A relentless Times apologist–you know which one—chides me for leaving out this from his interview in the New Yorker, which is the context for the “version of the truth” gaffe, when Baquet said the quiet part out loud (if the Times-enabler hadn’t begun his complaint with “Um,” I might have let it go):
The system of “objectivity” (and I know that’s going to be a bad word) was designed to create a system—Wesley Lowery is right when he describes that—in which the organization’s job was to make sure that whatever your perspective was it didn’t get in the way of reporting the truth. I believe in that very strongly. That’s not the job of every institution. But the job of the New York Times should, in the end, be to come out with the best version of the truth, with your own political opinion held in check by editors and editing. Not everybody believes that, but I believe that. And I think that if you come to work for the New York Times—if you really want to work for the New York Times—you have to embrace that, because that’s what the New York Times is.
In fact, I intended to include that outrageous and insulting lie, but felt it would have just muddled the more important point of the post. (That, and the New Yorker site blocked my access unless I subscribed…)
Who believes that the Times’ staff’s “perspective” doesn’t “get in the way of reporting the truth”? It is a lie, and such an insulting lie. How stupid does Baquet think the pubic is? Does Baquet believe this himself, or is he just repeating the company mantra? The headline above is typical: the “best version of the truth” for the Times was to frame Trump’s election as a source of fear for “students and foreign allies.”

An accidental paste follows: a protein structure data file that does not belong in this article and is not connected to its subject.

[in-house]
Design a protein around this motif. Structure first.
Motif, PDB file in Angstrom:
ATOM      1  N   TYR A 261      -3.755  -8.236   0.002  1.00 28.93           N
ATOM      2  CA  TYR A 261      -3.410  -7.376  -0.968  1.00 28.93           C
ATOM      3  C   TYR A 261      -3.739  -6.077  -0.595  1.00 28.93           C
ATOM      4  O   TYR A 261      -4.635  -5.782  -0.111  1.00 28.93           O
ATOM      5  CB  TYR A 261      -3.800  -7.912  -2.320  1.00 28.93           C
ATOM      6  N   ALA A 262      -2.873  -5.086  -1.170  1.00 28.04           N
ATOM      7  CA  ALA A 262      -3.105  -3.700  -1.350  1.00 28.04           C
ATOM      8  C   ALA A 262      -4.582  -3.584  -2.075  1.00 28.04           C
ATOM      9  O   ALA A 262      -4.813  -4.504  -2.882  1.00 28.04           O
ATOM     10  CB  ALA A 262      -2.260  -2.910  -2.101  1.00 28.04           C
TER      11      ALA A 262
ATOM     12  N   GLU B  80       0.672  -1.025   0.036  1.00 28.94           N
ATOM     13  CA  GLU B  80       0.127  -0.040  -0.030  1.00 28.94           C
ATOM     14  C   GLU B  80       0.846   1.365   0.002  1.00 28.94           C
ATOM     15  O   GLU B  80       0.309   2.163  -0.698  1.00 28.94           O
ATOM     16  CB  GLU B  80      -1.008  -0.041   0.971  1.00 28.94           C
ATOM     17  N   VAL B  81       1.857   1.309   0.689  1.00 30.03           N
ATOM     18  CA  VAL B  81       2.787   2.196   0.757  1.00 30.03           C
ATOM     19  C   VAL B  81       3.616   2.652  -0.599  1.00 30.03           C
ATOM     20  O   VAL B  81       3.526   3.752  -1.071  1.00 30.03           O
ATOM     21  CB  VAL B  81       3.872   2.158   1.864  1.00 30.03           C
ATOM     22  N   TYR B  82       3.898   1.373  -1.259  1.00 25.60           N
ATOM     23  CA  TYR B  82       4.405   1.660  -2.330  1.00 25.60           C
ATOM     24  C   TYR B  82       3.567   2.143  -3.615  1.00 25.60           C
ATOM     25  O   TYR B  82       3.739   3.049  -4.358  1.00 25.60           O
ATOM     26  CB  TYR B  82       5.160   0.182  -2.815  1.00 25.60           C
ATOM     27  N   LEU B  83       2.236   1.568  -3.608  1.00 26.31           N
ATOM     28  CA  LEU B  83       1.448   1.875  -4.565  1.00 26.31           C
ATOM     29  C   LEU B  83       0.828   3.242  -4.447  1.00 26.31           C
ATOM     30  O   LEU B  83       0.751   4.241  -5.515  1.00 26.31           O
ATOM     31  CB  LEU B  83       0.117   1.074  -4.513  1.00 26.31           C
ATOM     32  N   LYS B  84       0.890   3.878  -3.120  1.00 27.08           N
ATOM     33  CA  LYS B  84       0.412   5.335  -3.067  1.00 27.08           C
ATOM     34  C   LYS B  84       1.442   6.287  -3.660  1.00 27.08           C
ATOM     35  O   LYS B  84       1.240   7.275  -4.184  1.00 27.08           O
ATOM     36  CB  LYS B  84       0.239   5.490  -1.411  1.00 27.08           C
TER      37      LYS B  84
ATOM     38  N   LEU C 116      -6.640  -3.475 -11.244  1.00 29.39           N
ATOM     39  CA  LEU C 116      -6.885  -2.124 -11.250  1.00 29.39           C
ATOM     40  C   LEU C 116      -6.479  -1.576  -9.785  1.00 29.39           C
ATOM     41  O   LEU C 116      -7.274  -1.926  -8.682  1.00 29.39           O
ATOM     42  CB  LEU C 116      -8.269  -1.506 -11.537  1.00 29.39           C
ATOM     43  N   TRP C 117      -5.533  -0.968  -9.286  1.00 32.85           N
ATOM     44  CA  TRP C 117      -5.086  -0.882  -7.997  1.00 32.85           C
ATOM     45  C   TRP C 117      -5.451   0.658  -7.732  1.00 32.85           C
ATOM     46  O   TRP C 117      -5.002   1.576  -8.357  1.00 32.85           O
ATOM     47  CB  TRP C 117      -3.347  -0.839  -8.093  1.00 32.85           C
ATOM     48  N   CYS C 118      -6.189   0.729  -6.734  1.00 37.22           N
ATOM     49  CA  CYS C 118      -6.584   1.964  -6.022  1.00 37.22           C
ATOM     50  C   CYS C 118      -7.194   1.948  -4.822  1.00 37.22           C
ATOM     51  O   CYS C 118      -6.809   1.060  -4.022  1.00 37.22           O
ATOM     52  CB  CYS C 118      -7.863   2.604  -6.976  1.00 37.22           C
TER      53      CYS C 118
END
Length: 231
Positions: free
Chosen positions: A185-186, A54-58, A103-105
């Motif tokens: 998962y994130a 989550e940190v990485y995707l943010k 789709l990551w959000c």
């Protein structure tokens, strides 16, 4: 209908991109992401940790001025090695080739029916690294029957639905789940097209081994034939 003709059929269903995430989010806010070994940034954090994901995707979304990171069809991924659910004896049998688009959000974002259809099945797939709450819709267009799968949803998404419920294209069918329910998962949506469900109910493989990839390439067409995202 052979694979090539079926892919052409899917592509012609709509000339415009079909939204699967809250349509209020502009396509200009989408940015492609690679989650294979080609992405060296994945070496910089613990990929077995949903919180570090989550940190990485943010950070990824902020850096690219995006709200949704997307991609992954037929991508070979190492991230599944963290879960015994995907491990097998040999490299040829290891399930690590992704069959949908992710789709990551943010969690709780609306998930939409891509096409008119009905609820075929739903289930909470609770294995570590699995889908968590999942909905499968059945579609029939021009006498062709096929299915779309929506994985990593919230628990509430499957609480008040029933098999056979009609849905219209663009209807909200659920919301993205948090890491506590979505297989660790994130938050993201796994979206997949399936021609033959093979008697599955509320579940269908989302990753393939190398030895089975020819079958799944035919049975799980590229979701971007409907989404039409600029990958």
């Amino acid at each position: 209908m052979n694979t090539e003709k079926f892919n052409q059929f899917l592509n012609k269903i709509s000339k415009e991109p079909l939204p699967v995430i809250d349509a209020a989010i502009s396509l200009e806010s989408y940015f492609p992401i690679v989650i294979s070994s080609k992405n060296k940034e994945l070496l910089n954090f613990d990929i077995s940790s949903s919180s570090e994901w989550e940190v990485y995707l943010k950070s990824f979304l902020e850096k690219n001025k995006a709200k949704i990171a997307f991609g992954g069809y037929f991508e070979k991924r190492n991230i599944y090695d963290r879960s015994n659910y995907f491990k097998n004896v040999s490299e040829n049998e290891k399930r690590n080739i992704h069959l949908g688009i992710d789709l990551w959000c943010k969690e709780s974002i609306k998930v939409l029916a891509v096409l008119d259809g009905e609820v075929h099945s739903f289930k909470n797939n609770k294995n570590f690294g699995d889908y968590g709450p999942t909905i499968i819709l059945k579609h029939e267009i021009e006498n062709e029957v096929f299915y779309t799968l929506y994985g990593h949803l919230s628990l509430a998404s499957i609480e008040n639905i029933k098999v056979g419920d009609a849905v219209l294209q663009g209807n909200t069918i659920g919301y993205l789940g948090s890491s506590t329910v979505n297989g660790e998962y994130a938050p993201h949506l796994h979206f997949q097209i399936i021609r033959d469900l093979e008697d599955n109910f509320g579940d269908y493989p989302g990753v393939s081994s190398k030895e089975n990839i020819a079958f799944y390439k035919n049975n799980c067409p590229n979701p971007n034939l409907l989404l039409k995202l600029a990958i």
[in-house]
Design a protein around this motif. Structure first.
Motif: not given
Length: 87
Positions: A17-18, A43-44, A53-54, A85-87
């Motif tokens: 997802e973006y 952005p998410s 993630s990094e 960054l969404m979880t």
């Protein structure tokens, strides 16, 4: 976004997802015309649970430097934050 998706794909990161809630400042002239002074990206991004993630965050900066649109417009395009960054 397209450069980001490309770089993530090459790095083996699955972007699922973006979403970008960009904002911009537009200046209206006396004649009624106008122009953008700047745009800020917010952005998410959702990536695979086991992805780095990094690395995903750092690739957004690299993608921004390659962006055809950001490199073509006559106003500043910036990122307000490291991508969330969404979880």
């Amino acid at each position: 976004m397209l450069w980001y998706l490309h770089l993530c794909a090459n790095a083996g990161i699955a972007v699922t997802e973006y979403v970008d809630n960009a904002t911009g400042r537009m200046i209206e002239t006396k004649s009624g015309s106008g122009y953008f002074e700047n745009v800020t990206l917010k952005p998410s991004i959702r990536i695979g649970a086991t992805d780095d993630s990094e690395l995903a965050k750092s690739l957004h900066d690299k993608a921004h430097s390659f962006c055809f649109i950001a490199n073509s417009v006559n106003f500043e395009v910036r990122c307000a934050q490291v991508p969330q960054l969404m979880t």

The question that sinks this utter dishonesty is this: when has the Times ever, especially during Baquet’s reign, made a reporting error that favored Republicans or conservatives—like for example, failing to report the sexual harassment accusation against Biden, or stating as fact that a Capitol police officer died from injuries sustained on Jan. 6 helped the Democrats?
I know I’ve quoted this before, but it is apt in discussing the Times. In the 2016 film “Denial,” about the defamation lawsuit by Holocaust denier historian David Irving against Deborah Lipstadt for calling him out as one, her barrister Richard Rampton (Tom Wilkinson) tells the trial judge,
My lord, during this trial, we have heard from Professor Evans and others of at least 25 major falsifications of history. Well, says Mr. Irving, “all historians make mistakes.” But there is a difference between negligence, which is random in its effect, and a deliberateness, which is far more one-sided. All Mr. Irving’s little fictions, all his tweaks of the evidence all tend in the same direction: the exculpation of Adolf Hitler. He is, to use an analogy, like the waiter who always gives the wrong change. If he is honest, we may expect sometimes his mistakes to favor the customers, sometimes himself. But Mr. Irving is the dishonest waiter. All his mistakes work in his favor. How far, if at all, Mr. Irving’s Antisemitism is the cause of his Hitler apology, or vice versa, is unimportant. Whether they are taken together or individually, it is clear that they have led him to prostitute his reputation as a serious historian in favor of a bogus rehabilitation of Adolf Hitler and the dissemination of virulent Antisemitic propaganda.
Baquet and his paper are also “dishonest waiters.” That he holds the Times up as something it is not and so clearly is not doesn’t impress me, and should not impress anyone, except perhaps with the audacity it requires. The record, as in Irving’s case, is undeniable.